Heyman, M., Harmatz, P., Acree, M., Wilsson, L., Tedlie Moskowitz, J., Ferrando, S., et al. (2004). Economic and psychologic costs for maternal caregivers of gastrostomy-dependent children. The Journal of Pediatrics, 511-516. DOI: 10.1016/j.jpeds.2004.06.023

Spalding, K., & McKeever, P. (1998). Mother's experiences caring for children with disabilities who require a gastrostomy tube. Journal of Pediatric Nursing, 13(4), 234-243. Article Access

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Medicalized Mothering: Emergence through Mothering a Child with a Gastrostomy Tube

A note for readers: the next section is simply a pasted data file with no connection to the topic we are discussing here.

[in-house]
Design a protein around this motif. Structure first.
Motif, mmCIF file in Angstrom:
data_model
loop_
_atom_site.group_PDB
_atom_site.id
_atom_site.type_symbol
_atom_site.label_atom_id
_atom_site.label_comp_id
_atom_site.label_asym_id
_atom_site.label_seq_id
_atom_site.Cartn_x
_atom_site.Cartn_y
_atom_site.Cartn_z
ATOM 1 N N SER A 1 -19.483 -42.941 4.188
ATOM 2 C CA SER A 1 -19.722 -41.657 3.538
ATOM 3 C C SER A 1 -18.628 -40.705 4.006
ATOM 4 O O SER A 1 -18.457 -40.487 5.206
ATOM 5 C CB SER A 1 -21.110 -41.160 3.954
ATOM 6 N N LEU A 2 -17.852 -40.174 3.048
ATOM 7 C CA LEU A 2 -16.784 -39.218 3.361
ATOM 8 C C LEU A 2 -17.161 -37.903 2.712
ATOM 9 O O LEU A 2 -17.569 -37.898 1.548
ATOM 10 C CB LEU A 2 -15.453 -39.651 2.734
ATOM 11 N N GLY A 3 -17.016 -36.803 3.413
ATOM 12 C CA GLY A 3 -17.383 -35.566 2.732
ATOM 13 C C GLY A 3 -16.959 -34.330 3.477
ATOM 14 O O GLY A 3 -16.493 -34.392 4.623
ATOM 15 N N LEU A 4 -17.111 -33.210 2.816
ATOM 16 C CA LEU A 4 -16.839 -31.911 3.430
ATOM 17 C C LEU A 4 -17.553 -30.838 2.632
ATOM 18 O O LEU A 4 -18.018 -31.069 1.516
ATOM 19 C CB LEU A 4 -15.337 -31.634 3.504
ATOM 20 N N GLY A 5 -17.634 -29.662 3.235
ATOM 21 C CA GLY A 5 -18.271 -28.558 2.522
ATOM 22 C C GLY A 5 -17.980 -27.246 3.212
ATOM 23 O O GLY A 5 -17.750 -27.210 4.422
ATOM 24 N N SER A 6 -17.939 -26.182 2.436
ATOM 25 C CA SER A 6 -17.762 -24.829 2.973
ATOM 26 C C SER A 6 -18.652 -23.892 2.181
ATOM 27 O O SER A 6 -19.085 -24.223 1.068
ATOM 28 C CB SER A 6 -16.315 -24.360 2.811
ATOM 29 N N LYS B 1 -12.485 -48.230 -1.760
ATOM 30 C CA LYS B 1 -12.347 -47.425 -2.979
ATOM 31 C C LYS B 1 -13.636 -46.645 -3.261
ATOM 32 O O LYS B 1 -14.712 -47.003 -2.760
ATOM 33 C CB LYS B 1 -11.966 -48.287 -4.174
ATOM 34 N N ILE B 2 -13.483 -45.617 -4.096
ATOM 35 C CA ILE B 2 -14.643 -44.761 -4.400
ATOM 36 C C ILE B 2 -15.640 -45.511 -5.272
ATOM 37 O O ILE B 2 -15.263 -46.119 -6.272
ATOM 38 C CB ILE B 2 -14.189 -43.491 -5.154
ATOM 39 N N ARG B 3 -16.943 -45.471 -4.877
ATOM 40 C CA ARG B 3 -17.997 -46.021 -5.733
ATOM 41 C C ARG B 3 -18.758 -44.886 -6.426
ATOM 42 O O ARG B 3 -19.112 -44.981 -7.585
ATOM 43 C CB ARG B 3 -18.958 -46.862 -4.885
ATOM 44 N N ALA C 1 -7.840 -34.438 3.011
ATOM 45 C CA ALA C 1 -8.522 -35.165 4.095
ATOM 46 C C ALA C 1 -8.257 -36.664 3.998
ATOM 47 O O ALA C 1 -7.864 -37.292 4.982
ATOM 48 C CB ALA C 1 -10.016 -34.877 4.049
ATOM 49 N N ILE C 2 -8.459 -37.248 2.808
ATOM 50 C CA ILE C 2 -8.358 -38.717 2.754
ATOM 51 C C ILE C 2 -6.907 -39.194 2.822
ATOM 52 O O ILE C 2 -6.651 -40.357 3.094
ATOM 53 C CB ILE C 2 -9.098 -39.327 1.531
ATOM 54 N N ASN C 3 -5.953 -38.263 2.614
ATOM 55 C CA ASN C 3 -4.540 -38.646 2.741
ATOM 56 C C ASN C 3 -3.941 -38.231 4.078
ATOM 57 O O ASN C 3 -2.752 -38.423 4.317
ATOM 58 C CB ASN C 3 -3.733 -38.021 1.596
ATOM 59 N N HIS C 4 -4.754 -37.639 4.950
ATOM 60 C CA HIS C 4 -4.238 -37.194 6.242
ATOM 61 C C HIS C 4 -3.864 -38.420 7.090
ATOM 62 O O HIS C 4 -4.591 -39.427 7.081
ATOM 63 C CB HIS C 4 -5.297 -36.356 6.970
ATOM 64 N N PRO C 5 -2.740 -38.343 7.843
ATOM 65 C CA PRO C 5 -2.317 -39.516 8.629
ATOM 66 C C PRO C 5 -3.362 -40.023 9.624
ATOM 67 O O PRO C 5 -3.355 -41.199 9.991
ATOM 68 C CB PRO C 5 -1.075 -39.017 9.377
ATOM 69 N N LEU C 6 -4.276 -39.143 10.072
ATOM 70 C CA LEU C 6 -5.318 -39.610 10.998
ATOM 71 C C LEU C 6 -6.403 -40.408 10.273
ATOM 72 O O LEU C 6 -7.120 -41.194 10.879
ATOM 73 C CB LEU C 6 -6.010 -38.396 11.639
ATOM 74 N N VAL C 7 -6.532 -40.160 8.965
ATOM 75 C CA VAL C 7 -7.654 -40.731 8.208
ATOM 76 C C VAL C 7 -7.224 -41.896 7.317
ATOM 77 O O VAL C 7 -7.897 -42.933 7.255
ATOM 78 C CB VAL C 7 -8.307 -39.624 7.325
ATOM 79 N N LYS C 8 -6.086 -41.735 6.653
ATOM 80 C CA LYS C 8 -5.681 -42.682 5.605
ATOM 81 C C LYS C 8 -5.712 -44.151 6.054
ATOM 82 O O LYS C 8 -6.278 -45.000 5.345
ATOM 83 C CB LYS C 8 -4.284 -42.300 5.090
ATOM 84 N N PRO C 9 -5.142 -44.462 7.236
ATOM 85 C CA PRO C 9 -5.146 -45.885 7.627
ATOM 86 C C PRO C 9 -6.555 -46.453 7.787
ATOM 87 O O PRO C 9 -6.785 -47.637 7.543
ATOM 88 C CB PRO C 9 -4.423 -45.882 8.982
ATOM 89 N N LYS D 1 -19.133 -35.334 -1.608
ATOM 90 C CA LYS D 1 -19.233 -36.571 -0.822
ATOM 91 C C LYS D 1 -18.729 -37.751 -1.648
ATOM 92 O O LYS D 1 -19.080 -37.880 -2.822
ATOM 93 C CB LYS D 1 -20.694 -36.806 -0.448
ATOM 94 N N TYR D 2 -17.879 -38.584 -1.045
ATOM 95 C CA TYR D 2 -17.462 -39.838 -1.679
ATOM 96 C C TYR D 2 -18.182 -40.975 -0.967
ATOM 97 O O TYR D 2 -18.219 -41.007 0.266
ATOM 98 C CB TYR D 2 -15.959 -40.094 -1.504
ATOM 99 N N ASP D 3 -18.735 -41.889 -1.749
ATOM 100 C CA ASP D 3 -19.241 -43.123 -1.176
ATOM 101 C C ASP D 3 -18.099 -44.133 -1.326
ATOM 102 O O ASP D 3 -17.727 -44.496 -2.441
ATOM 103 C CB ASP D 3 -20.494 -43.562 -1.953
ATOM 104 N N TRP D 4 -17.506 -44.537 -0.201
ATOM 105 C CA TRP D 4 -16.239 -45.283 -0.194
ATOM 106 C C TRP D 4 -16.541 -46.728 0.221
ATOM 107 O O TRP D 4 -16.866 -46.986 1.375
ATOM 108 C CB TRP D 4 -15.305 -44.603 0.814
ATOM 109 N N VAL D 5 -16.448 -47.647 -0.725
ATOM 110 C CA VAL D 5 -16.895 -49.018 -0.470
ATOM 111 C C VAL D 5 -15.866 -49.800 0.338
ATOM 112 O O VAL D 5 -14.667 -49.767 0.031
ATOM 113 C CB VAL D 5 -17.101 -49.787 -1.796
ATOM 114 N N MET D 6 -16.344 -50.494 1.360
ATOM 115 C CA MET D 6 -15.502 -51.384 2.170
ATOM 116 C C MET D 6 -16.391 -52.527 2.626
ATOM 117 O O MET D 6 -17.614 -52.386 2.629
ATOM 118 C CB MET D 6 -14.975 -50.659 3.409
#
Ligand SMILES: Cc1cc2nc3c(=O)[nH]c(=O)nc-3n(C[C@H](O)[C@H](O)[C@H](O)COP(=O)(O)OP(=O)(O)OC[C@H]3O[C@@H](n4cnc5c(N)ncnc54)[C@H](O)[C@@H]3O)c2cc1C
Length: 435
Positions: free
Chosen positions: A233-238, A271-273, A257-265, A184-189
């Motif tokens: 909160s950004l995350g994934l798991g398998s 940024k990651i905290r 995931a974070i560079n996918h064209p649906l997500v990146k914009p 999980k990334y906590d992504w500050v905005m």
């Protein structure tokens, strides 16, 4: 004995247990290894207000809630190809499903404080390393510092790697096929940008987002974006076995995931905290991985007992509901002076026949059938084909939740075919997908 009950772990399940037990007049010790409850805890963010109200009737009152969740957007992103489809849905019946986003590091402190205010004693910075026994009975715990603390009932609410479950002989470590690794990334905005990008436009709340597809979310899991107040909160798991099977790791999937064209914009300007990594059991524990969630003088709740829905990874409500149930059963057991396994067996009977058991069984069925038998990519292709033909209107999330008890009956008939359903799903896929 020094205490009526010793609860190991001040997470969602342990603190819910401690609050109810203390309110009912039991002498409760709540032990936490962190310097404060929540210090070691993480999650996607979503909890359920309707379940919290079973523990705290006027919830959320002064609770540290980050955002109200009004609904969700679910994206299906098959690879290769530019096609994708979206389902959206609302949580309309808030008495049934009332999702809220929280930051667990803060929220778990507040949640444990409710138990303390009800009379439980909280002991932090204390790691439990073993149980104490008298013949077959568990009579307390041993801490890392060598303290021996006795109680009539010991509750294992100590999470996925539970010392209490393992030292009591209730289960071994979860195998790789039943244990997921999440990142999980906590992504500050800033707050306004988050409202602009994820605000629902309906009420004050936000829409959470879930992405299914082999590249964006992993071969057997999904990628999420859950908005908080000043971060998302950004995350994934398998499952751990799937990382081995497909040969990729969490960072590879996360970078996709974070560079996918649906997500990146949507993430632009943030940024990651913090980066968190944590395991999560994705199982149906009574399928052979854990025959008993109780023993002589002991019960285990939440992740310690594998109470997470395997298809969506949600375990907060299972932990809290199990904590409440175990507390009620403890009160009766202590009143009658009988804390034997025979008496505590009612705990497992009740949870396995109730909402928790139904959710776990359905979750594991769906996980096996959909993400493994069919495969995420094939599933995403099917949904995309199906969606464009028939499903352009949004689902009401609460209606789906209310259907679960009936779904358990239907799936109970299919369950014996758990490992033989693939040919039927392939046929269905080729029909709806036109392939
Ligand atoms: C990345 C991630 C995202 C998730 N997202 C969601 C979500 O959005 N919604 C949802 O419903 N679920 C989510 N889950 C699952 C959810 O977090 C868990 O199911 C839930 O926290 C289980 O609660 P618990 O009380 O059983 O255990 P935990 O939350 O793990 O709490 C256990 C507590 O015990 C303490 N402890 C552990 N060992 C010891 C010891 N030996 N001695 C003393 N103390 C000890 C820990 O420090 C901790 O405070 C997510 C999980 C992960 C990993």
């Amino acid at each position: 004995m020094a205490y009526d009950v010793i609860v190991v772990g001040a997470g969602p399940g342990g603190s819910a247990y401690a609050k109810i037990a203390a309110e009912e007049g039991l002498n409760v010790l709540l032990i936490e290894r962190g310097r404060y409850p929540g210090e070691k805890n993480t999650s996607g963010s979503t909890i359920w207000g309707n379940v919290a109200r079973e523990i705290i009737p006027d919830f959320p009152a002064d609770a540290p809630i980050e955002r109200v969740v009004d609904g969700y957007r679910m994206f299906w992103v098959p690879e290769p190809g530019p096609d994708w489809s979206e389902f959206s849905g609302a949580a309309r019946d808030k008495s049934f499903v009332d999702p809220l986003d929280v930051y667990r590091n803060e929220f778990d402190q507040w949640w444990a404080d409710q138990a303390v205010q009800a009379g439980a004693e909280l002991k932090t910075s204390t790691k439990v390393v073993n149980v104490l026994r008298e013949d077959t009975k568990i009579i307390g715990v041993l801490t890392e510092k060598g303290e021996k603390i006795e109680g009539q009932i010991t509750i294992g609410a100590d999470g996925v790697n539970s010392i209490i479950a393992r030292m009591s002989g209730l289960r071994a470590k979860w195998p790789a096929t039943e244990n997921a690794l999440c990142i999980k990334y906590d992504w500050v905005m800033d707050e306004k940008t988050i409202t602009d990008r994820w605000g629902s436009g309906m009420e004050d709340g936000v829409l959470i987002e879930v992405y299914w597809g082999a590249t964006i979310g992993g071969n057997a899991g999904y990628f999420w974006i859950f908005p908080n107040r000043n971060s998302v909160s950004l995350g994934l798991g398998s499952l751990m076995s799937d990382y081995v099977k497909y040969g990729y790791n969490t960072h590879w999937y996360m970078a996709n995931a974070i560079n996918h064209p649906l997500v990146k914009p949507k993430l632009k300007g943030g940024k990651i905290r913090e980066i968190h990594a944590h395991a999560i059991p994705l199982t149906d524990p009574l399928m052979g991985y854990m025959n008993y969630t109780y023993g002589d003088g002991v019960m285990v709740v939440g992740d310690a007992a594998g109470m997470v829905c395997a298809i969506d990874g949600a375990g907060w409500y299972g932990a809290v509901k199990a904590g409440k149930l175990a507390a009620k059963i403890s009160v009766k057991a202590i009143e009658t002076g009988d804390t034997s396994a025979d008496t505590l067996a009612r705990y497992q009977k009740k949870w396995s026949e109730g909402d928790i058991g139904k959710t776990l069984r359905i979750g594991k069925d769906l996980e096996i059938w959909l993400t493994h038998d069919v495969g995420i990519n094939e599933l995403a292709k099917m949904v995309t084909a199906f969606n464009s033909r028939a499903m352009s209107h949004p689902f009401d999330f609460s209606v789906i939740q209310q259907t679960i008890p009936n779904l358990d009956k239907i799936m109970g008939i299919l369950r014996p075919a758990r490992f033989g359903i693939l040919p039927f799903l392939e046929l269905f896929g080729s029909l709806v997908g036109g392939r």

The care of children with chronic illness, which include children with gastrostomy tubes (g-tube) by mothers in home is becoming increasingly common. Caring for a child with a g-tube requires a different type of care than other children and twice as much time for mothering occupations as compared to other types of children with chronic illness due to their complexity. One of the primary mothering occupations that is disrupted by having a child with a g-tube is feeding. Mothering occupations of caring for and feeding a child with a g-tube were exploring in a qualitative study using in-depth narrative interviewing with seven mothers of children with g-tubes. In examining data where narrative and thematic analysis were primarily used, medicalized mothering emerged through numerous stories and in-depth descriptions. The complexity of care require by these children demanded the intersection of mothering and biomedical worlds that mothers were forced to negotiate. This intersection compelled mothers to blend familiar ideas of motherhood with the reality of the daily care of their child with a g-tube. Mothers were responsible for the more familiar occupations as have been discussed in previous mothering literature, but also a range of novel occupations more frequently associated with medical care and management. Mother’s quickly and arguably subconsciously assumed a different form of mothering by merging common and more often uncommon occupations around feeding and care for their child with a g-tube. In order to simply initiate mothering, women needed to take on new, biomedical type occupations revolved around caring for necessary equipment, advocating for their child in the medical world, managing their child’s health care needs and/or assuming unfamiliar medical practices for their child. New occupations were sometimes assumed immediately with ease, while others were more challenging or foreign at times creating self-doubt and questioning of a mother’s own capabilities. Eventually all the mothers embodied their new responsibilities within the scope of their mothering occupations. The g-tube and associated occupations are very much their own entity. However, in actually lives of mothers, the care is a more complicated embedded phenomenon that could be perceived to possibly have more to do about mothering occupations than about feeding and medical management.